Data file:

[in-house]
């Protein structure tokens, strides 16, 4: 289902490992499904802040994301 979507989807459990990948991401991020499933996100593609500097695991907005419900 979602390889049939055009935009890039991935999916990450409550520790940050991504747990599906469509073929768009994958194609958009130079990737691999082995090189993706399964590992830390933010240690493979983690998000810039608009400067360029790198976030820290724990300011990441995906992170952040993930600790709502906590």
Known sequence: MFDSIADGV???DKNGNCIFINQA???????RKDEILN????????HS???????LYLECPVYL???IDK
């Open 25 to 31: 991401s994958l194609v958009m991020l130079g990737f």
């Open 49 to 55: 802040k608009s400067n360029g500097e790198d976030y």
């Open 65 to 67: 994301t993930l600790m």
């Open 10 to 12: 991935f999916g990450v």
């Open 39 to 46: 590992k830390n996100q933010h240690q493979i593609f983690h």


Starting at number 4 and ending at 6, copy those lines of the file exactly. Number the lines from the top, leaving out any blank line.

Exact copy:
């Open 25 to 31: 991401s994958l194609v958009m991020l130079g990737f």
């Open 49 to 55: 802040k608009s400067n360029g500097e790198d976030y």
């Open 65 to 67: 994301t993930l600790m």